I’ll save a more technical report about the Ganges for another post, and perhaps this blog isn’t even the right place for that. To cut a long story short though, the fishing wasn’t easy. But from everything I had ever read about Mahseer, I never expected it to be. There was no doubt that there were lots of them in the river, but for long periods of the day they would just be ‘off.’ Now and again, and quite unexpectedly, they would wake up, and then it wasn’t uncommon to get a hit on every 3rd or 4th cast. These periods of mayhem never seemed to last for more than half an hour though.
By the last day of our trip, I had caught plenty of Mahseer. Mission accomplished. And it felt awesome. But something was missing, and it was nagging at me ever more as time ran out: I still hadn’t caught a BIG mahseer. Big is a relative term for a fish which can reach well over 60 pounds, but considering I was casting a flimsy flyrod, I would have settled for anything over 10.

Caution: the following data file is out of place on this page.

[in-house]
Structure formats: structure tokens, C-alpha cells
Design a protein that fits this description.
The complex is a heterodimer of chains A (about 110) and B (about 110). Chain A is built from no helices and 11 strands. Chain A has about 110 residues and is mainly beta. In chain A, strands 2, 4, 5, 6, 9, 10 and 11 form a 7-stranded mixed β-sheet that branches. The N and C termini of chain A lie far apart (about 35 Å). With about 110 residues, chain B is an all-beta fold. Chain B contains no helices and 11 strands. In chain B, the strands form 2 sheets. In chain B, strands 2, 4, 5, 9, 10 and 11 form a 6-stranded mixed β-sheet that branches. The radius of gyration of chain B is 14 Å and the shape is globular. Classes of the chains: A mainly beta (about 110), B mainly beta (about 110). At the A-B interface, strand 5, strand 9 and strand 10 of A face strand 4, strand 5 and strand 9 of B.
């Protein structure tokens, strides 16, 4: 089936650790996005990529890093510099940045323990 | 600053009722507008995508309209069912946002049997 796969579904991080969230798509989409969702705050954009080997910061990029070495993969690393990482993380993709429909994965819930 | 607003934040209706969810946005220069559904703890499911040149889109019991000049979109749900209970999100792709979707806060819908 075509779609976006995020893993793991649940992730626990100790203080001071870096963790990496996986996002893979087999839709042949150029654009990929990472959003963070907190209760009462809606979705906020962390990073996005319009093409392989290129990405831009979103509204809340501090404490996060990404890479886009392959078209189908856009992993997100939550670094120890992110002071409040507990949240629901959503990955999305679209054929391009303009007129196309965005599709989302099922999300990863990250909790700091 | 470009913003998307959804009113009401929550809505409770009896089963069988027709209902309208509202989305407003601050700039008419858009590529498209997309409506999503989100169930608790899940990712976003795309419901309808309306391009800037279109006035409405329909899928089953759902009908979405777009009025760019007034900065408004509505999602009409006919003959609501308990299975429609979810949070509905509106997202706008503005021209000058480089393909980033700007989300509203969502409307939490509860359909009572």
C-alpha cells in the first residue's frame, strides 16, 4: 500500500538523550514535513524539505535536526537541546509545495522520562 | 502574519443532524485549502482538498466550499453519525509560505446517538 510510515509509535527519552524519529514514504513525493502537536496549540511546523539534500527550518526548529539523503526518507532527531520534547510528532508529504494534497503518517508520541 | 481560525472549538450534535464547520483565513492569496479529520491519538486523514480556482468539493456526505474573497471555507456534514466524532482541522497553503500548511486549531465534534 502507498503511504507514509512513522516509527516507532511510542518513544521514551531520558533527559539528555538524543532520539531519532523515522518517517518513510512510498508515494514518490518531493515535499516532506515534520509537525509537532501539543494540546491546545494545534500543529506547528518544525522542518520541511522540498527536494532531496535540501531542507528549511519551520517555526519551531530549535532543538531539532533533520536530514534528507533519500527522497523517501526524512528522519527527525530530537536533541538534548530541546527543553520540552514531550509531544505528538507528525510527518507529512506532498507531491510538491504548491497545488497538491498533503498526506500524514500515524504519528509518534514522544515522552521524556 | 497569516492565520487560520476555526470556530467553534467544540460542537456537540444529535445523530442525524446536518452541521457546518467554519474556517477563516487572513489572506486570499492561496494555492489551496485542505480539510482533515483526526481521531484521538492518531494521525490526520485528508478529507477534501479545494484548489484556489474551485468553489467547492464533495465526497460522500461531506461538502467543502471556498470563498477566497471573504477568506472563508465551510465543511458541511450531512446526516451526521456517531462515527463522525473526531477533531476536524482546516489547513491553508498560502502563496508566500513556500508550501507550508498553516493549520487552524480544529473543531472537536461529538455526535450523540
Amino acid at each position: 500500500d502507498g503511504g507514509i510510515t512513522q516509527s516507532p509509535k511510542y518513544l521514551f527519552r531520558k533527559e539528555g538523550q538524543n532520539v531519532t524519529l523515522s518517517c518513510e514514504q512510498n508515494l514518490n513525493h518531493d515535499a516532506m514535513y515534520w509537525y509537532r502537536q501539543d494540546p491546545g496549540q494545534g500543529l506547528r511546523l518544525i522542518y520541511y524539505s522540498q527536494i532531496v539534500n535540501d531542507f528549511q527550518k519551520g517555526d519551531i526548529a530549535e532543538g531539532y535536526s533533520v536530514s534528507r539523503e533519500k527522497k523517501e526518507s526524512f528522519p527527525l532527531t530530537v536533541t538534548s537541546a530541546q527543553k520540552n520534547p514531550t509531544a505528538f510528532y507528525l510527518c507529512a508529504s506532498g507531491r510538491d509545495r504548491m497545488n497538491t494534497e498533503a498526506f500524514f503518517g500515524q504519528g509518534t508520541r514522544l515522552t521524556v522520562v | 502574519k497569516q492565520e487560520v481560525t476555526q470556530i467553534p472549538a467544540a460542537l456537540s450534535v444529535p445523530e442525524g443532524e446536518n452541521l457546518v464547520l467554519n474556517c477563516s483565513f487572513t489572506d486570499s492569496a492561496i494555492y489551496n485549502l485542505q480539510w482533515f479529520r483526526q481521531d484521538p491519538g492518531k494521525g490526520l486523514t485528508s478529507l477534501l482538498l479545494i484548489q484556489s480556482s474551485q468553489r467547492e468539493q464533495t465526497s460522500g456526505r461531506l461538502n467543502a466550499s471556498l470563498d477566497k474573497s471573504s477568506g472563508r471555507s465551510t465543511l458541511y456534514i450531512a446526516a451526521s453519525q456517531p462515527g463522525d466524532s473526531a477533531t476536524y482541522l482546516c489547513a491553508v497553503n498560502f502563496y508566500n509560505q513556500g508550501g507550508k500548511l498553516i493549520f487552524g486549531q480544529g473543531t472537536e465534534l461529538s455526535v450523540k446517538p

It was just Suman, Kerryn and myself at Silver Sands on our last afternoon. The others had left for Delhi the previous day and it felt eerily quiet around camp. Suman recommended we go back to a very fishy looking confluence a little downstream, where Terry had caught some small Mahseer a few days before. Kerryn wasn’t keen on coming along, so the 2 of us hiked up to the road and caught a taxi down to our chosen spot. Conditions looked perfect when we arrived, and I landed a small fish on my very first cast. Things just felt right. Sure enough, as if it knew how good fishing stories are supposed to end, the best fish of the trip engulfed my fly a short while later. After tearing off downstream on a few searing runs, I managed to work it into a backwater and it wasn’t long before the most beautiful fish I have ever caught was in my hands. I’m surprised Kerryn didn’t hear my and Suman’s whoops all the way up at Silver Sands. After a few photos, we slid him back into the river and watched in awe as he disappeared back into the sacred waters of the Ganges. There was still a good hour of light left, but I didn’t need to fish anymore. Days later, the smile was still etched across my face.